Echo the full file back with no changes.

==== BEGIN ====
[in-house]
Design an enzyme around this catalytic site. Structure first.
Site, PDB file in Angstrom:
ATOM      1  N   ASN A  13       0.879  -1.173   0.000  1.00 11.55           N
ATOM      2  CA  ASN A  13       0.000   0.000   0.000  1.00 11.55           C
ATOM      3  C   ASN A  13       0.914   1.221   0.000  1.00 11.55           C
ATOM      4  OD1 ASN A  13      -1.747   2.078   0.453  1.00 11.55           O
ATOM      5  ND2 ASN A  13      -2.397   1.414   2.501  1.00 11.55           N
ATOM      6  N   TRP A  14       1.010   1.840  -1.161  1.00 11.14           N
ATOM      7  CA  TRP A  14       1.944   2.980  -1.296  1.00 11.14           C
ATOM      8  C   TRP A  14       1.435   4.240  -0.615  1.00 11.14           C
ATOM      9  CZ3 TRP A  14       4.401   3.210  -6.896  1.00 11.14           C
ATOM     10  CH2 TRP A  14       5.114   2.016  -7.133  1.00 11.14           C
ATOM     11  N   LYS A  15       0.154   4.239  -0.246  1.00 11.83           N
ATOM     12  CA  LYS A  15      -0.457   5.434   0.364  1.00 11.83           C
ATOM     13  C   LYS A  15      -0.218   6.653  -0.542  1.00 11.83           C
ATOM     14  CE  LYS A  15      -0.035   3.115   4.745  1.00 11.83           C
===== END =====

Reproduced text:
[in-house]
Design an enzyme around this catalytic site. Structure first.
Site, PDB file in Angstrom:
ATOM      1  N   ASN A  13       0.879  -1.173   0.000  1.00 11.55           N
ATOM      2  CA  ASN A  13       0.000   0.000   0.000  1.00 11.55           C
ATOM      3  C   ASN A  13       0.914   1.221   0.000  1.00 11.55           C
ATOM      4  OD1 ASN A  13      -1.747   2.078   0.453  1.00 11.55           O
ATOM      5  ND2 ASN A  13      -2.397   1.414   2.501  1.00 11.55           N
ATOM      6  N   TRP A  14       1.010   1.840  -1.161  1.00 11.14           N
ATOM      7  CA  TRP A  14       1.944   2.980  -1.296  1.00 11.14           C
ATOM      8  C   TRP A  14       1.435   4.240  -0.615  1.00 11.14           C
ATOM      9  CZ3 TRP A  14       4.401   3.210  -6.896  1.00 11.14           C
ATOM     10  CH2 TRP A  14       5.114   2.016  -7.133  1.00 11.14           C
ATOM     11  N   LYS A  15       0.154   4.239  -0.246  1.00 11.83           N
ATOM     12  CA  LYS A  15      -0.457   5.434   0.364  1.00 11.83           C
ATOM     13  C   LYS A  15      -0.218   6.653  -0.542  1.00 11.83           C
ATOM     14  CE  LYS A  15      -0.035   3.115   4.745  1.00 11.83           C